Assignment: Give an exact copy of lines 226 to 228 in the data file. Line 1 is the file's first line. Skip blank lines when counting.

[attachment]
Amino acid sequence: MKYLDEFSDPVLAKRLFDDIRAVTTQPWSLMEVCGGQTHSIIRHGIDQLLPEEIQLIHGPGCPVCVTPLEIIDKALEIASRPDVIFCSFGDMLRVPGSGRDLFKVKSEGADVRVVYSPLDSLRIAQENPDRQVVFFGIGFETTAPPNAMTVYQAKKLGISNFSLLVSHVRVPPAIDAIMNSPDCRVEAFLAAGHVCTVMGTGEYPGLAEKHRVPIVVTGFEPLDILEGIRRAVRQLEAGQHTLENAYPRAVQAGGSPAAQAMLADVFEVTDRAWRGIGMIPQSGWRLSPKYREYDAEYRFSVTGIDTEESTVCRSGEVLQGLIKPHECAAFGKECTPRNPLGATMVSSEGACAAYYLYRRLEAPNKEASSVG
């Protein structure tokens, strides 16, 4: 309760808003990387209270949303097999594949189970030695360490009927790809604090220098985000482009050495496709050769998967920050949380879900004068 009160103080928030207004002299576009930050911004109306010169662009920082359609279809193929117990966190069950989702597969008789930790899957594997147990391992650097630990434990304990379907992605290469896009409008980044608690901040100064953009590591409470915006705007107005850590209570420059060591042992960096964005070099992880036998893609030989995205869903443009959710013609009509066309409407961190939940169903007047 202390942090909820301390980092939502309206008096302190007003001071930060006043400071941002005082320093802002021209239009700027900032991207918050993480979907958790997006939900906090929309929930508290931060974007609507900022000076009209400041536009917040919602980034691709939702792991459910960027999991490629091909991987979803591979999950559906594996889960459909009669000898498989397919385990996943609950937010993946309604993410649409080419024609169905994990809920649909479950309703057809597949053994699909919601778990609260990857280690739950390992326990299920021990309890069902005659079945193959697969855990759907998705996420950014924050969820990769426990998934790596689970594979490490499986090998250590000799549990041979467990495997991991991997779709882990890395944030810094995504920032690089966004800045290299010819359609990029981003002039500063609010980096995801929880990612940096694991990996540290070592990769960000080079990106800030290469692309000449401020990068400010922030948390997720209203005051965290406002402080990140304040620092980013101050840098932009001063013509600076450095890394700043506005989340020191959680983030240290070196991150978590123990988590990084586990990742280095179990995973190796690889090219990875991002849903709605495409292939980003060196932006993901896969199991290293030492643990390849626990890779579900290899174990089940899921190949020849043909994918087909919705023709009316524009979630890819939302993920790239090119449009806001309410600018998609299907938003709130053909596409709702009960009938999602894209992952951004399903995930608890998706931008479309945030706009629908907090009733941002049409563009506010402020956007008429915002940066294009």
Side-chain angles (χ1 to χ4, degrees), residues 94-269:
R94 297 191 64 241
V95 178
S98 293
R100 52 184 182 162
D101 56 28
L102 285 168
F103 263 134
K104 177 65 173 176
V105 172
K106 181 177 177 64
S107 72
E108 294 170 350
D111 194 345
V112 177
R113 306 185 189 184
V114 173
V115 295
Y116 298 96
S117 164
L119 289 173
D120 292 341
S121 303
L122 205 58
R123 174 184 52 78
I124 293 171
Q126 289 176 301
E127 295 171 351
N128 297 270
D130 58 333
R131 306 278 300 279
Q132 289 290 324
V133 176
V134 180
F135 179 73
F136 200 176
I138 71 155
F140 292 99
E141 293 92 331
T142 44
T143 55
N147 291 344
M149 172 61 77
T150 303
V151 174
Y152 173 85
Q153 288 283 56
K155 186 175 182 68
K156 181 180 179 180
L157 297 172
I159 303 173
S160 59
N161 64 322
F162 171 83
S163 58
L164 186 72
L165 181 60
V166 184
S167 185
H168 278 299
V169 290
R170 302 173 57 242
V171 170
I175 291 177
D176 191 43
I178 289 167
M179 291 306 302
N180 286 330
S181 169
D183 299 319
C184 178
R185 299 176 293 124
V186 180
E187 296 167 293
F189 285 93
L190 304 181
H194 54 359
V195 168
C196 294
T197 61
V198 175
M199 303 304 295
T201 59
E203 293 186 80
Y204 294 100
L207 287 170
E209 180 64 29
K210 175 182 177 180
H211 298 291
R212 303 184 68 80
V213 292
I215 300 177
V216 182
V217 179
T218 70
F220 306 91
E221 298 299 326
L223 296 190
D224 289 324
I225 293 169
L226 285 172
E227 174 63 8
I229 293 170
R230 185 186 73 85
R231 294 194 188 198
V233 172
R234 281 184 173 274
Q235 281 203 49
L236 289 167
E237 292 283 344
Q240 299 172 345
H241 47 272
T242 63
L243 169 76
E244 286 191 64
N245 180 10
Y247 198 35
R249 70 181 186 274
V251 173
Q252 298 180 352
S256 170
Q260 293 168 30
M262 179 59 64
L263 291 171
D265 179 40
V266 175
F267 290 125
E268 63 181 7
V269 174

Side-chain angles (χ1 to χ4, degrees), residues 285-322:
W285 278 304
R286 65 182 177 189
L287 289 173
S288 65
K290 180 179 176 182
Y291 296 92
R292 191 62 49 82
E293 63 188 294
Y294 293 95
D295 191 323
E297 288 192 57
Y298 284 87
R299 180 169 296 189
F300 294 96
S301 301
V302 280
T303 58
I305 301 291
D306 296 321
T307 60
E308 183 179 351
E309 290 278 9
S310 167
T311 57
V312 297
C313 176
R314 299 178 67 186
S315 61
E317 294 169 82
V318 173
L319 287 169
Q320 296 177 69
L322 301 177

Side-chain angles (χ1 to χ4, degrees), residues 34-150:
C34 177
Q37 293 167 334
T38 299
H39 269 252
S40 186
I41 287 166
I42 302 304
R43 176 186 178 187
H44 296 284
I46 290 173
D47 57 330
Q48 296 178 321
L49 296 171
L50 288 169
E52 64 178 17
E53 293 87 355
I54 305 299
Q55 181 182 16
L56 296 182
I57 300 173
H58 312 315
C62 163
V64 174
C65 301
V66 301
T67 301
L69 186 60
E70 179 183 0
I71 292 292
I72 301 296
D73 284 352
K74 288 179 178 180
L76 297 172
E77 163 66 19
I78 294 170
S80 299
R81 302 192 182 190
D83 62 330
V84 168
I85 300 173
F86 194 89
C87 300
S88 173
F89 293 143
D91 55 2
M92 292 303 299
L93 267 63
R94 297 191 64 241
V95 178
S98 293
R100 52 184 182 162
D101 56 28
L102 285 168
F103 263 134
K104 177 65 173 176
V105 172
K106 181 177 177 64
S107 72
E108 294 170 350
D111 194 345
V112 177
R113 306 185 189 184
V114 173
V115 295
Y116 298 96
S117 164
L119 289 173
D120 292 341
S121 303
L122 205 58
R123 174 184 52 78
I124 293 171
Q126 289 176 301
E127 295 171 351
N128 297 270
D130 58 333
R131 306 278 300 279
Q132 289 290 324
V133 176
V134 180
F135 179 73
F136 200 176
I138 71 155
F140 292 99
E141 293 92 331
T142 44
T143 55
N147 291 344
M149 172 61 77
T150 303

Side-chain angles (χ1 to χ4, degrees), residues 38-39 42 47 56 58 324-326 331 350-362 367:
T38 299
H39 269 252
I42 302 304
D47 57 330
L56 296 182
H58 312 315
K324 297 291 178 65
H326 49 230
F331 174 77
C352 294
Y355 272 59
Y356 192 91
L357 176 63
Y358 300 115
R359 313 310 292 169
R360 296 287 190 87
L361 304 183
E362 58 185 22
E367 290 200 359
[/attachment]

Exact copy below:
D111 194 345
V112 177
R113 306 185 189 184